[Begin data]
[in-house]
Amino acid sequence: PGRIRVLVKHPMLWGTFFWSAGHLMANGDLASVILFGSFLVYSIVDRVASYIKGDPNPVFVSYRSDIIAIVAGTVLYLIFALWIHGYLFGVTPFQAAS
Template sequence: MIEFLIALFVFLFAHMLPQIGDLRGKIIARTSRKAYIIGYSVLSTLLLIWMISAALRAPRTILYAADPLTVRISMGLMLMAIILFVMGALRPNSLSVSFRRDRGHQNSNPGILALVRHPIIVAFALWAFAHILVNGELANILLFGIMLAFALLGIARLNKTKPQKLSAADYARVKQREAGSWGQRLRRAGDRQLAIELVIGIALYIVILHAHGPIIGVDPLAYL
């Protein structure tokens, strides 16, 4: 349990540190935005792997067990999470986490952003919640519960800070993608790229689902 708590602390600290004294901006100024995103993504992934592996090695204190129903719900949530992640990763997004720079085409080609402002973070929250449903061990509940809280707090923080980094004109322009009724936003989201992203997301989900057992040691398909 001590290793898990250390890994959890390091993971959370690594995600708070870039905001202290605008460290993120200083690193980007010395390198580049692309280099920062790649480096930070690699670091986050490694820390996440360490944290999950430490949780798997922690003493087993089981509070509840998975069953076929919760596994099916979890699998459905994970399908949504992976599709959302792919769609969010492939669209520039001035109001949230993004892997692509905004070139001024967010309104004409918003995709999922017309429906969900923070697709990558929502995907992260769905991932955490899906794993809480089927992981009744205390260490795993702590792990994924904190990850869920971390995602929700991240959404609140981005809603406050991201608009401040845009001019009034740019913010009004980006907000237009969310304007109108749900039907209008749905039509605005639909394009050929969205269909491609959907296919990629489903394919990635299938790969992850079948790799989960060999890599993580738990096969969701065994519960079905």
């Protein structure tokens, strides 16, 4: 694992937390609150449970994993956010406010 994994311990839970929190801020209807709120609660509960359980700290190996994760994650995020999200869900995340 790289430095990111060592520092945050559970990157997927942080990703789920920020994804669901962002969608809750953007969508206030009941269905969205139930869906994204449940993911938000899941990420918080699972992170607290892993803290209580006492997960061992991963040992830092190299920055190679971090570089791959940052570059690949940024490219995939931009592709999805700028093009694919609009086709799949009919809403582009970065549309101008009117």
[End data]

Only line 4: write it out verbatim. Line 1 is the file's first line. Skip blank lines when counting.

């Protein structure tokens, strides 16, 4: 349990540190935005792997067990999470986490952003919640519960800070993608790229689902 708590602390600290004294901006100024995103993504992934592996090695204190129903719900949530992640990763997004720079085409080609402002973070929250449903061990509940809280707090923080980094004109322009009724936003989201992203997301989900057992040691398909 001590290793898990250390890994959890390091993971959370690594995600708070870039905001202290605008460290993120200083690193980007010395390198580049692309280099920062790649480096930070690699670091986050490694820390996440360490944290999950430490949780798997922690003493087993089981509070509840998975069953076929919760596994099916979890699998459905994970399908949504992976599709959302792919769609969010492939669209520039001035109001949230993004892997692509905004070139001024967010309104004409918003995709999922017309429906969900923070697709990558929502995907992260769905991932955490899906794993809480089927992981009744205390260490795993702590792990994924904190990850869920971390995602929700991240959404609140981005809603406050991201608009401040845009001019009034740019913010009004980006907000237009969310304007109108749900039907209008749905039509605005639909394009050929969205269909491609959907296919990629489903394919990635299938790969992850079948790799989960060999890599993580738990096969969701065994519960079905």